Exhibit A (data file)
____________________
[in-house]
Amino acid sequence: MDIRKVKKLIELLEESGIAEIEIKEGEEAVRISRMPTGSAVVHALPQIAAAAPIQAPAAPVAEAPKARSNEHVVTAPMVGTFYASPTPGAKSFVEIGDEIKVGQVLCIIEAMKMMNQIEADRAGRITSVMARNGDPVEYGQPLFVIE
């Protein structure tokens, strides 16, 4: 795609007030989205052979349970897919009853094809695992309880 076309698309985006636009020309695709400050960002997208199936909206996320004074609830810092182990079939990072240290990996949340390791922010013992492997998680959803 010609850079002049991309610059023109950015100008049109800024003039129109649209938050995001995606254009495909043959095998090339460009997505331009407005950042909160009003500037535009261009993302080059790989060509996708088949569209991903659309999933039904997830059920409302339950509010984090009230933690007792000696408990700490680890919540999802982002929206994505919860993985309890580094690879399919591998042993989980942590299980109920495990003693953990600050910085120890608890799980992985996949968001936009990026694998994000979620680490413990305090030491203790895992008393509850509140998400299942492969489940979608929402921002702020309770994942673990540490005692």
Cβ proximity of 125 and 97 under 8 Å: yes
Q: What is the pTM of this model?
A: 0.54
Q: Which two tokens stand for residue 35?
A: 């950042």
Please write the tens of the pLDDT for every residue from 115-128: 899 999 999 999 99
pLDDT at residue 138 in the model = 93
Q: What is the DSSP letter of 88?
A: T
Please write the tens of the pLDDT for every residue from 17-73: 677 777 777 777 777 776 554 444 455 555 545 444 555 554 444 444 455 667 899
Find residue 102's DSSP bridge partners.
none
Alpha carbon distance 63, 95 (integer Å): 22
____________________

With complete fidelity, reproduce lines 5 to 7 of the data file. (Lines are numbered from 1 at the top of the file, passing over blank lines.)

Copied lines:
Q: What is the pTM of this model?
A: 0.54
Q: Which two tokens stand for residue 35?